The other night I had a deliciously dream of debauchery. I’m sure it means my subconscious is telling me that I have needs or wants or desires that are unfulfilled, which makes since considering I’ve spent the last 18 months recovering from one medical emergency or another. This dream, however, was the most vivid a dream I think I’ve ever had. I could not only see everything, but also taste and smell and feel everything, which is perhaps the best way to have a dream that includes wanton submission to all things hedonistic. Come along for the ride, won’t you?
As I mentioned in my 6-month Anniversary post the other day, I took a brief sabbatical from the blog due to a continuous 11 days of work and the need to recuperate afterward. I’m noticing this is a growing trend among many of my fellow bloggers; if I work from the top down through my blogroll I can find at least 3 examples before I hit the midway point of people who are taking a break in one form or another. Between burnouts, changes in lifestyle, work requirements, or what have you’s these fine people need to step back, catch a breath, and recover. Recognizing when to do so is, I think, one of the keys to living a long and happy life.
Here in the United States, taking a break is not encouraged. It is not mandatory. To some of my international readers, this may come as a shock, but there is no mandatory vacation/holiday time in the United States. Employers have no requirement to provide paid time off, for any reason. For recent parents, the Family Medical Leave Act assures that a mother may take up to 12 weeks off from work to care for her newborn child, but those 12 weeks are not required to be paid time off. Yes, you read that correctly; a mother may take unpaid time off from work for up to 12 weeks to care for her newborn before she must return to work or lose her job. In my current job I am offered no paid time off for any reason; not sickness, not for a death in the family, and certainly not for a vacation/holiday.
Like many other of the other wonderful bloggers I know — take a moment to check my blogroll to the right for some fine examples — I get a sense of amusement from some of the various search terms that result in somebody new stumbling across my little corner of the internet. One that stands out as particularly amusing was “husband says absinthe makes his dick hard”. What’s not to love about that? This morning, however, I saw a search term appear that got me thinking about just how much people can manage to hold themselves back — or not — on the spectrum that encompasses the swinger and polyamorous couples. This search term was “fall in love swinger become exclusive poly with one couple”.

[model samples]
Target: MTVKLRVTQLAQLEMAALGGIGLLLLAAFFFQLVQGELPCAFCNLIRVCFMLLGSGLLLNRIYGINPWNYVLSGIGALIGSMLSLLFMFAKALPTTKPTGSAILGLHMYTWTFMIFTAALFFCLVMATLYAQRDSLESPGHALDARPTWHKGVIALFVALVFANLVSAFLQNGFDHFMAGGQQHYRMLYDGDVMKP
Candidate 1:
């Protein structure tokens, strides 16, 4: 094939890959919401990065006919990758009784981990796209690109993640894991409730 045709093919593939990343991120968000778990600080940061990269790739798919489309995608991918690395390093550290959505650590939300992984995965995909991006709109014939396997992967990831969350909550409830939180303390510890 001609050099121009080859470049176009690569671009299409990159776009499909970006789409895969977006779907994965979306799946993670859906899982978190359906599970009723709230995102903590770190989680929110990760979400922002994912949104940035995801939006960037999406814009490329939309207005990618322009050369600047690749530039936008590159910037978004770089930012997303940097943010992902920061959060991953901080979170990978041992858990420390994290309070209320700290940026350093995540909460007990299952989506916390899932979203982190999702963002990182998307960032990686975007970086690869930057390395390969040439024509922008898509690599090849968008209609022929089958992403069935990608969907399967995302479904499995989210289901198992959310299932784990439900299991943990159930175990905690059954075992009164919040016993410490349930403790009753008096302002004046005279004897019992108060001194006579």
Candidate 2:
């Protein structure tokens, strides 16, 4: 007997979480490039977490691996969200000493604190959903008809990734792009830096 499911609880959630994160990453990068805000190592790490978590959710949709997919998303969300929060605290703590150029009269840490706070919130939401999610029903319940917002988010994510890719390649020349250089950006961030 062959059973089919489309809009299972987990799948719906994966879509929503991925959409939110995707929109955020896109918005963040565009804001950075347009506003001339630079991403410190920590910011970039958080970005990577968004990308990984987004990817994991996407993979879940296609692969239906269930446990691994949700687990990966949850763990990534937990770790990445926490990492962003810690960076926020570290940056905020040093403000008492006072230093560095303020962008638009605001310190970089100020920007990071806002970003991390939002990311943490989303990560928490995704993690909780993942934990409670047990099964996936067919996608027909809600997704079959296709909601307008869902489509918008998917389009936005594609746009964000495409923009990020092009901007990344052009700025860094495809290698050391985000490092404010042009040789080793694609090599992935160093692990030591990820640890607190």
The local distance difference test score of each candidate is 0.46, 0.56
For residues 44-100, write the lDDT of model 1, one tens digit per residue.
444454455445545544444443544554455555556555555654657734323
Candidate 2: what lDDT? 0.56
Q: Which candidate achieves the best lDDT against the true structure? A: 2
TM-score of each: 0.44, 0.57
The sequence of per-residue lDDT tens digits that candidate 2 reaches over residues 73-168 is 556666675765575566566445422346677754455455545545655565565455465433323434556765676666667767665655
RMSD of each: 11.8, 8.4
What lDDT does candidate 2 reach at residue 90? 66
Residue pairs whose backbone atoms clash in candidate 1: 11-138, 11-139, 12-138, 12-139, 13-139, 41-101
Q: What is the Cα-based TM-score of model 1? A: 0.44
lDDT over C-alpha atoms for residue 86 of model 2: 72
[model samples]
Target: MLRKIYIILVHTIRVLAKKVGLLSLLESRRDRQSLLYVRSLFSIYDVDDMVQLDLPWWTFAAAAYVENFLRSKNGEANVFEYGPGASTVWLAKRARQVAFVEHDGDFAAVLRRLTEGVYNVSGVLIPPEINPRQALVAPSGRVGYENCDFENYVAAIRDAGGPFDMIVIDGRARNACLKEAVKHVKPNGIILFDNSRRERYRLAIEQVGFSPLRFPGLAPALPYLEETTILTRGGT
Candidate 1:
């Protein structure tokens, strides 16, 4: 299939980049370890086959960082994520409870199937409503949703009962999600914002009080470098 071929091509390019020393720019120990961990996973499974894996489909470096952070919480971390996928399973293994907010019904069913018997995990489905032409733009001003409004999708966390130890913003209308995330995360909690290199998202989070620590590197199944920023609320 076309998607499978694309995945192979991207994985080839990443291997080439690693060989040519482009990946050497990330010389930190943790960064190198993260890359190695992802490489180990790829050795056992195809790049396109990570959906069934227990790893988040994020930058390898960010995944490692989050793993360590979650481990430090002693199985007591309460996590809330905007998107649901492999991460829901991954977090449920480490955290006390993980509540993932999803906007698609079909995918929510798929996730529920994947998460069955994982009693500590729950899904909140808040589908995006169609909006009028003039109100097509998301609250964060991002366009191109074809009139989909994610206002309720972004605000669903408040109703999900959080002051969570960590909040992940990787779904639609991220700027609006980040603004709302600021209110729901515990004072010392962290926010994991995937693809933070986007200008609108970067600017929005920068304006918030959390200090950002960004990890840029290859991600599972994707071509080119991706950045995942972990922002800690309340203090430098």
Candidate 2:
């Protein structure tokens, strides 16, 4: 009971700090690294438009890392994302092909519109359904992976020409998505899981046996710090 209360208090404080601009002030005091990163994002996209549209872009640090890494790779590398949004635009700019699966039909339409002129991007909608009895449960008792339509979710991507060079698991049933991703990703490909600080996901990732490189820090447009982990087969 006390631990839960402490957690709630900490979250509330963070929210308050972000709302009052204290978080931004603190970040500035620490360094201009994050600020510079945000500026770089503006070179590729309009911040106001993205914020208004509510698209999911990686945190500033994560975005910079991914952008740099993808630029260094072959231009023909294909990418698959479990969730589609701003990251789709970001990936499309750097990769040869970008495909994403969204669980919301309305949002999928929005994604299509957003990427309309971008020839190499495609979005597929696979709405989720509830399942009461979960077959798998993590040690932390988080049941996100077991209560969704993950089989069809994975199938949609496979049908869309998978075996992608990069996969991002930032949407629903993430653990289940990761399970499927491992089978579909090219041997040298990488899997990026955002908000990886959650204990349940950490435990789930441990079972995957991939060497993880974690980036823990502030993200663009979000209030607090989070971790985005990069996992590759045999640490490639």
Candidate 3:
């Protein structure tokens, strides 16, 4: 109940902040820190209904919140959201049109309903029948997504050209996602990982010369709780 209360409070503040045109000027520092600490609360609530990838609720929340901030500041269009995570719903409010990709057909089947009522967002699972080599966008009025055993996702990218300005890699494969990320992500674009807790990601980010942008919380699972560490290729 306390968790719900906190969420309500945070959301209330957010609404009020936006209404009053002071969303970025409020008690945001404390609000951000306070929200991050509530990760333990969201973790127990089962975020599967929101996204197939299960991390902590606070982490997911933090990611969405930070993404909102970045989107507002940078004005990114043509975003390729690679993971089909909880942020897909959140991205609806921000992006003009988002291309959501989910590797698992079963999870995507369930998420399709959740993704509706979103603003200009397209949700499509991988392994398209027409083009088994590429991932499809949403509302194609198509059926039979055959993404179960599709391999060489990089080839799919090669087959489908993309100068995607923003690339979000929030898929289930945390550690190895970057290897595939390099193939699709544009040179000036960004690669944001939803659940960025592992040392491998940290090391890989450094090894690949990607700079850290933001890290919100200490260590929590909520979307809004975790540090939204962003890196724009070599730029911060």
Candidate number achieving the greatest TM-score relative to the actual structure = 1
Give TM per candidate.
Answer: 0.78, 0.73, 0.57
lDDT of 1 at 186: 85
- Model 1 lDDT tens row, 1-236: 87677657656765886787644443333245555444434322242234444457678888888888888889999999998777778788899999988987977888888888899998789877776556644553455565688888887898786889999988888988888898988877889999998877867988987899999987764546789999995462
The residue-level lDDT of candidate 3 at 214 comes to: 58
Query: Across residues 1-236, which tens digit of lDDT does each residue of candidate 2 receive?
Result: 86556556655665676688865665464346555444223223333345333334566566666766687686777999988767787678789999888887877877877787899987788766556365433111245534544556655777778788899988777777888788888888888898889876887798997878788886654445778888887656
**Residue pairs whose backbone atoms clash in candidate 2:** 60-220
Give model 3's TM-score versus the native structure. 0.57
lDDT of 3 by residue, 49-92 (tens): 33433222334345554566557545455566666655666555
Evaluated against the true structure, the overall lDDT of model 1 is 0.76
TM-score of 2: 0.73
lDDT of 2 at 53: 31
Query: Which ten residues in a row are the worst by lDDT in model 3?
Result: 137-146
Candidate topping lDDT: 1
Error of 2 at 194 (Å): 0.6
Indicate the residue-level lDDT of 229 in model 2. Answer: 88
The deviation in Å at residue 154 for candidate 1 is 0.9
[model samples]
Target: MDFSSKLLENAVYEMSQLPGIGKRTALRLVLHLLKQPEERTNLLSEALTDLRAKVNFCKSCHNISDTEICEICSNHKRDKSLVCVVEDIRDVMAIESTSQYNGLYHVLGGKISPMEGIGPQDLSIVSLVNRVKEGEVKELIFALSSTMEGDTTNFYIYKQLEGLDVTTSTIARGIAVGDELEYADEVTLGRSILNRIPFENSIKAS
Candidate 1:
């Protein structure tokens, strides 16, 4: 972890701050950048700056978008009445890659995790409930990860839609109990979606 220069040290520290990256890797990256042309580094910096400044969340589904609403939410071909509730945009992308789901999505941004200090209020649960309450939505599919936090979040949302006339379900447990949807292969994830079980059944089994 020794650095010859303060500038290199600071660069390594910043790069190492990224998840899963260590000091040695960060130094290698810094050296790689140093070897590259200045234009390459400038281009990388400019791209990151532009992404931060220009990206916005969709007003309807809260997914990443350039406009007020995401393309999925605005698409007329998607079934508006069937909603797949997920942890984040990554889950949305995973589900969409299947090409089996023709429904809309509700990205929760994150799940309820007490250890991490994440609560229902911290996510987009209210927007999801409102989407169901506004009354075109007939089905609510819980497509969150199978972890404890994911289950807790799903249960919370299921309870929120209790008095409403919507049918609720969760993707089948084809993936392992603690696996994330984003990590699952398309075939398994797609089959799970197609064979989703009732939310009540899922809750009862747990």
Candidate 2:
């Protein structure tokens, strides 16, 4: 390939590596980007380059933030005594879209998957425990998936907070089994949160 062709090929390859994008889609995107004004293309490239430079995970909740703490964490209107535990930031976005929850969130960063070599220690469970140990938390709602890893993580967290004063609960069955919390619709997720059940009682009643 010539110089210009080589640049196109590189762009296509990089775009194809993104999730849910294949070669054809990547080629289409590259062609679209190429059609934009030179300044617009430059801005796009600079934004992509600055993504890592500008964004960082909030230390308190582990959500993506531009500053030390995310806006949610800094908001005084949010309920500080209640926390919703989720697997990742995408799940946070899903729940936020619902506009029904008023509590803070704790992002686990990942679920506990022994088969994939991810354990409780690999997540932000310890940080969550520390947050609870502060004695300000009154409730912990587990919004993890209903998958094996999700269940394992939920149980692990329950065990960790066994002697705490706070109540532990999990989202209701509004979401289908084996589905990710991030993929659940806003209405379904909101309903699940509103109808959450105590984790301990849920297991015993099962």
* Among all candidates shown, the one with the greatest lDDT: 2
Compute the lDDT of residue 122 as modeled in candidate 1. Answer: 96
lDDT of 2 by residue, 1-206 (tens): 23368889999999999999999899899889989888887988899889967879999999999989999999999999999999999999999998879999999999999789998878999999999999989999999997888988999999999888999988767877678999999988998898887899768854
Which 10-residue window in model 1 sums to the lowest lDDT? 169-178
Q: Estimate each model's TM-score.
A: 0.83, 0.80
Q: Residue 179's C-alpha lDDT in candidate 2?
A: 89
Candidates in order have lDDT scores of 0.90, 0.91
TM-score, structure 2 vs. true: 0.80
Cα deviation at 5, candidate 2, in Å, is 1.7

There are many ways to read this term, in large part due to the lack of punctuation. Was the person searching attempting to find a swinger with whom to fall in love and then, with that person, become polyfidelitous with another swinging couple? Was this person perhaps already a swinger and was looking to find information on the ways to or likelihood of entering into a poly relationship with another couple? Could this person perhaps be a single swinger and is looking to join a poly couple in a triad?
Thinking on these possibilities made me realize something that’s hovered around the edges of my consciousness for sometime; something with which I have, at times, struggled. This something is a prevalent trend among those who write from within the swinger community, and one that I suspect has arisen from some improper assumptions. I suspect this because I have been guilty of it, and because of it I inadvertently derailed what could have become a very good thing. This something, this “it”, is the fear of oneself or one’s partner falling in love with somebody else.